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Customer Reviews

Most Helpful Customer Reviews

15 of 16 people found the following review helpful By rydei goldwords on May 6, 2008
Format: Hardcover
I enjoyed the author's writing style, in-depth coverage, and exclusive interviews. The interviews are invaluable because they occur decades after some of the events and the people involved are more forthcoming.

Everything related to mind control is here: the CIA and drugs, subliminal messages, cults, the Judas Priest trial, and so much more that you haven't heard about before.

The book is frightening and a good example of "truth is stranger than fiction". The guys in "1984" are nothing compared to some of these doctors. The fact that some of these experiments were done on unwilling people is even more disturbing. "Hey guys, let's dose this guy with 50x the normal dose of LSD and not tell him!" Or the sleep experiments where they forced people to sleep for months at a time using drugs, waking them up for ECT "therapy".

The final chapter (worth the cost alone) is a graphic step-by-step of how the West is interrogating terrorists in Gitmo and elsewhere.

Highly readable and recommended.
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8 of 8 people found the following review helpful By C. P. Anderson on March 9, 2009
Format: Hardcover
This is great stuff. First of all, mind control's a fascinating topic. (In fact, I've always been surprised there hasn't been more out there on it.)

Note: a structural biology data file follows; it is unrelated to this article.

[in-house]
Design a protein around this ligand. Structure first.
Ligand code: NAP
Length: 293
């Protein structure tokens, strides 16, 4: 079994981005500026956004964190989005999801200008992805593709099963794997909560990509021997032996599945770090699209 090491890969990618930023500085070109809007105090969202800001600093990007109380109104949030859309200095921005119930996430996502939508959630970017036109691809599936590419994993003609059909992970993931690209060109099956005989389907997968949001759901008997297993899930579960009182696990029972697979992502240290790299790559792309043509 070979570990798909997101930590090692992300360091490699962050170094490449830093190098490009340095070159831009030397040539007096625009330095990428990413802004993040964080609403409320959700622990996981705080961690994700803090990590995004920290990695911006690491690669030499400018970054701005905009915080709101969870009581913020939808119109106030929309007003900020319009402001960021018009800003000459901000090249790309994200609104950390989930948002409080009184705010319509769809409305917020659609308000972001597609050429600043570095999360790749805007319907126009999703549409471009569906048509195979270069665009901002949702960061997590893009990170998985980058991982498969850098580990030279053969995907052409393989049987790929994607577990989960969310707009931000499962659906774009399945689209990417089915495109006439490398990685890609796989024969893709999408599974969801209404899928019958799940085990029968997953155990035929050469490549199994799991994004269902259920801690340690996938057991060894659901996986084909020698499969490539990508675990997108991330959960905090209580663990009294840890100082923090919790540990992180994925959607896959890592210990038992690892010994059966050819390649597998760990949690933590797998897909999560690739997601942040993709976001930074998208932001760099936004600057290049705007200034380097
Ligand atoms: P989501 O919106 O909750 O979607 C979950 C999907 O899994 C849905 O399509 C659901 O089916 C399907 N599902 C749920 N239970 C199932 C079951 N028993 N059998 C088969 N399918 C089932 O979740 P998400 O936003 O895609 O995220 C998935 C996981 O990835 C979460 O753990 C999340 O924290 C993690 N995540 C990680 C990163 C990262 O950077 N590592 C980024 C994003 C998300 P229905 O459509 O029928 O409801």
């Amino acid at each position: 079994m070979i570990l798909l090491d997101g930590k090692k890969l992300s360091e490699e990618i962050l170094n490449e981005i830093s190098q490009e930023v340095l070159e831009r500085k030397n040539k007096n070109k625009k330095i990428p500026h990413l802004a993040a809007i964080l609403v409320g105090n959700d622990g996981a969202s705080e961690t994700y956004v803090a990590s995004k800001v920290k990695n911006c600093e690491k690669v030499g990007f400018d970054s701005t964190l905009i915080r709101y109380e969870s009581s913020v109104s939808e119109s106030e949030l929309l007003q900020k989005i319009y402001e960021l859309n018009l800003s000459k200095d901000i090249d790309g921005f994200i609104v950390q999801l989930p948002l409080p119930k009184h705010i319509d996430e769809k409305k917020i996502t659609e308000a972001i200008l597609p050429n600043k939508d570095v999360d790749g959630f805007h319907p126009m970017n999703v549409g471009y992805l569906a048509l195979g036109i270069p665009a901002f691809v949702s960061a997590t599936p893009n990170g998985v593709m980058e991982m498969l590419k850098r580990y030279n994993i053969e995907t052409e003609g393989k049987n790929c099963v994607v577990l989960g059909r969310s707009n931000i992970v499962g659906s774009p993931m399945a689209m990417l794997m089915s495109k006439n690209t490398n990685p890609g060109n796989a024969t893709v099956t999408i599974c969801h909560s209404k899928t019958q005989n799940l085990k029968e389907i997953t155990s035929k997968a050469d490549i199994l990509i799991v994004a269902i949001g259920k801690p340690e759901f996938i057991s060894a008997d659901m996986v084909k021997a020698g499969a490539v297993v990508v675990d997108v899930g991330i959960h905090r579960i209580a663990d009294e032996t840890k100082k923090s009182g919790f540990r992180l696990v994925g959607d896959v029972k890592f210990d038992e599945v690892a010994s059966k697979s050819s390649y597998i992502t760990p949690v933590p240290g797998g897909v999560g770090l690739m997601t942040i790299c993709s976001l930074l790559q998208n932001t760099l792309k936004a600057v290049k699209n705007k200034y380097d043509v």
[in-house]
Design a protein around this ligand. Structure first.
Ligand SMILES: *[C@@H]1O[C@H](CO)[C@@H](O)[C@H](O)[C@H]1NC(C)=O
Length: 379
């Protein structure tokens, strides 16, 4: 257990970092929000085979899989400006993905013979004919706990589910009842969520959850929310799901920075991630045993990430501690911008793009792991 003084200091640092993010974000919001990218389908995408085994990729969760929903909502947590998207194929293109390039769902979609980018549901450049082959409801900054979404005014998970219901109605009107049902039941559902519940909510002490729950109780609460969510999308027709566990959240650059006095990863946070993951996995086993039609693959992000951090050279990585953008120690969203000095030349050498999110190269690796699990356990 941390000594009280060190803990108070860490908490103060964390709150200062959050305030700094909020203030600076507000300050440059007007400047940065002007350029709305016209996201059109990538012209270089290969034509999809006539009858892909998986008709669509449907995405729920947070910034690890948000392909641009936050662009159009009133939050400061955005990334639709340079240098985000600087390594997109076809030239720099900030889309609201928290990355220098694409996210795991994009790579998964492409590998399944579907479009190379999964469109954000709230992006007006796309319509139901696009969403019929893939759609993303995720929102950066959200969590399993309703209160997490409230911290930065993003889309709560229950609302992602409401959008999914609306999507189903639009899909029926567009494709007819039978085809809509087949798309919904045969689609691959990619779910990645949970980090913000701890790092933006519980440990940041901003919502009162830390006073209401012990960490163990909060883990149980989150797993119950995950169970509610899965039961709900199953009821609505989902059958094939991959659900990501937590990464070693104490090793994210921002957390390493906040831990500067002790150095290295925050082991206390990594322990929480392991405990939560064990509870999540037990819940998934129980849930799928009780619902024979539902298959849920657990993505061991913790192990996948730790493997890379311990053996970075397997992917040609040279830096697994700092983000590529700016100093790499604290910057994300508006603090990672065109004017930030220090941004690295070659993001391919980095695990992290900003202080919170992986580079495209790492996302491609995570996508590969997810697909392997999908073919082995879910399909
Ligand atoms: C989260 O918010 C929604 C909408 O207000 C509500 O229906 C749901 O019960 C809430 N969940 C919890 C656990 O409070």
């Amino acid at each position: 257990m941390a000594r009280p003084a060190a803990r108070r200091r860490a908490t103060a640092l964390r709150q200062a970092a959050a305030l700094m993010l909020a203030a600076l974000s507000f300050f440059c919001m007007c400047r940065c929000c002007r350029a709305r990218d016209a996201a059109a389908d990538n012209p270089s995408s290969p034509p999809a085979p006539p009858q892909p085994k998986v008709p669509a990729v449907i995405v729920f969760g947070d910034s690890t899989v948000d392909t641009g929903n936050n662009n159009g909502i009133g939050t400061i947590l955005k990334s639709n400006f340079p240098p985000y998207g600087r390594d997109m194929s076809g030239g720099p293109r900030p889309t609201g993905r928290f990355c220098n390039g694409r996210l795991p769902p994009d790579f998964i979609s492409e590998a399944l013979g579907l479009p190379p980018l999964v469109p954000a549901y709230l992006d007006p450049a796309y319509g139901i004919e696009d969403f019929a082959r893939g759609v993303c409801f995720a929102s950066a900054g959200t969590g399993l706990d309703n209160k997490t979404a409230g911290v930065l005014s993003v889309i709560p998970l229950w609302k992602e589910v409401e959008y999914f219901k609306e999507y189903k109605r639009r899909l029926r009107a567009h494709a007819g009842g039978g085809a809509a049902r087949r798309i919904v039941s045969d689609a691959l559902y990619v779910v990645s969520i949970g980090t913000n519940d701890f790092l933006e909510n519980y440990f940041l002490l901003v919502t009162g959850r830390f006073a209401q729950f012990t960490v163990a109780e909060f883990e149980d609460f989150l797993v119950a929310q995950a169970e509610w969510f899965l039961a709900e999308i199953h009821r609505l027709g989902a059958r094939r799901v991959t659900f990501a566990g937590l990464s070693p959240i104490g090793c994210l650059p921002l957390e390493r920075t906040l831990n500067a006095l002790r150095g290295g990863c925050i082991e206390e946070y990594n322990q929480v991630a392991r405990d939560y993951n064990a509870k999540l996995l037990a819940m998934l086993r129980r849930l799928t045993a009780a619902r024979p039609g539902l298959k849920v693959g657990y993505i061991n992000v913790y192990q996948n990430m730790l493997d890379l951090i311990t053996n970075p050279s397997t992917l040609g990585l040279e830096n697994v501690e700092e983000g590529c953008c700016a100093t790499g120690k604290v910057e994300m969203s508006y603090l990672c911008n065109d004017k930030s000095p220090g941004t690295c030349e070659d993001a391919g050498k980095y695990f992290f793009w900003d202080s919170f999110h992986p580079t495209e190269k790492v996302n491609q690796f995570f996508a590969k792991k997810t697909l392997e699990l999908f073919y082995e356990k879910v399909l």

Second, the author seem to cover the whole gamut - the Moscow show trials of the 30s, sensory deprivation, drugs, cults, crazy psychiatrists, subliminal messages, satanic ritual abuse, Guantanamo ... you name it. (If there was any one theme typing it together, it would have to the use of mind control by intelligence services.)

The author is also a fine writer. Most of the stories read like a good suspense novel. He also seems to be quite a good interviewer, giving the reader a very good feel for the people involved (when they're available).

That said, I actually think the book was a little too journalistic for me. A lot of the chapters focus around a single story, with a very strong emphasis on the characters involved. The chapter on subliminal messages, for example, is all about 2 teenagers who commit suicide after listening to a death metal album - and the resulting trials that ensue. Another chapter, on what the British did to some IRA prisoners, talked very little about what was done and what impact it had, and more on how it all played out in the news.

Overall, I would have liked a lot more on technique, theory, psychology, etc. In this regard, I found it rather ironic that the author used the Eleanor Roosevelt quote that "Great minds discuss ideas. Average minds discuss events. Small minds discuss people."